BRADLEY BEACH — Two vacant properties on Main Street have a date with the bulldozer as the borough approved plans to demolish two unused buildings and construct a four-story mixed-use building on both sites.
Autotek, at 811 Main Street, and a vacant commercial building north of it, at 803 Main Street, will be leveled to make room for a mixed-use building, with commercial units on the ground floor and 18 apartment units from the second to fourth floor.
The application to construct the building was approved at the Bradley Beach Planning Board meeting on Aug. 27, and a resolution for the application is expected to be approved at the board’s next meeting on Sep. 24.
The project was proposed by Coastal Custom Builders LLC. The applicant needed the board to approve one variance, as no loading zone for the building was included in the proposal. The board approved the variance and granted preliminary and final site plan approval with one member voting against the proposal.
William Psiuk, chair of the borough’s planning board, told The Coast Star that the board approved the project because it was a “huge improvement on Main Street.” “It follows the Master Plan as far as what Bradley Beach and its residents are looking for,” Mr. Psiuk said.
John Naples, who owns Coastal Custom Builders LLC, purchased the Autotek property a year ago. Over the past 15 years, he has built multiple townhouses in the borough. The site is located in front of the Bradley Beach Fire Company, and the original plans for the building were redesigned to include a fire lane for fire trucks.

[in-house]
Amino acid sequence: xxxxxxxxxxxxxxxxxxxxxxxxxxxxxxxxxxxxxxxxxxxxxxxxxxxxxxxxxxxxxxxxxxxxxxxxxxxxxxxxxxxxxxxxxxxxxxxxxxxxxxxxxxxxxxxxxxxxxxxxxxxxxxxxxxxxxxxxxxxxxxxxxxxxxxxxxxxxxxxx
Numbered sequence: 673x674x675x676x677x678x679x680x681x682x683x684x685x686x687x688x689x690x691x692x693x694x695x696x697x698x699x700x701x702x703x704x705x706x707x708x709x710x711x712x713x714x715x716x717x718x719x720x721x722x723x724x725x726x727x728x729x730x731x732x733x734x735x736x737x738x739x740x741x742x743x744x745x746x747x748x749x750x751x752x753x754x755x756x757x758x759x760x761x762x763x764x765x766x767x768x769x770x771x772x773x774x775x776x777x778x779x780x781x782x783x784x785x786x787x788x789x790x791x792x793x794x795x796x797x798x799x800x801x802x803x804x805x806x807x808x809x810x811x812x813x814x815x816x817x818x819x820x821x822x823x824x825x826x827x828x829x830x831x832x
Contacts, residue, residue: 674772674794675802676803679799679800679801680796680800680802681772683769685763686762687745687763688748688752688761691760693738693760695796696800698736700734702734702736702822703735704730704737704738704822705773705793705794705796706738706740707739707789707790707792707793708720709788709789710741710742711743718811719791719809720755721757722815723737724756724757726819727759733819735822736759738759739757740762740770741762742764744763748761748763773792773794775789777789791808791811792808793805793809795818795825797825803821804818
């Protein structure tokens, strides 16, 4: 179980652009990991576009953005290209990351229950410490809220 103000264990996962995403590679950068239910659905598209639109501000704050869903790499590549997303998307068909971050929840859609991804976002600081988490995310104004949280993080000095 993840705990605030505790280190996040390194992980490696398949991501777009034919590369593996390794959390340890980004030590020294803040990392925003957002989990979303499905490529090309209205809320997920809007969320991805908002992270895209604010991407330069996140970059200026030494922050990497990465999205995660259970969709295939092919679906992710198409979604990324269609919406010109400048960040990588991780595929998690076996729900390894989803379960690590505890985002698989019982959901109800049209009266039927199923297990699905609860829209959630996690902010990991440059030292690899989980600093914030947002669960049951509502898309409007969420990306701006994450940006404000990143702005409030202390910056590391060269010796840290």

Mr. Naples told The Coast Star that he came up with the project as a way to improve the area.
“I think it will bring more foot traffic to the local businesses, which I think they need,” he said. “I really believe that Main Street needs foot traffic, so I think that a building like this will definitely bring foot traffic for the local businesses.”
“Getting rid of two distressed properties, it is definitely a plus for the whole town,” he said. Demolition will begin at the end of the year or the start of next year, Mr. Naples said. Before that, the board needs to pass the resolution for the application and he will wait until the end of a 45-day period during which an appeal can be filed against the project.
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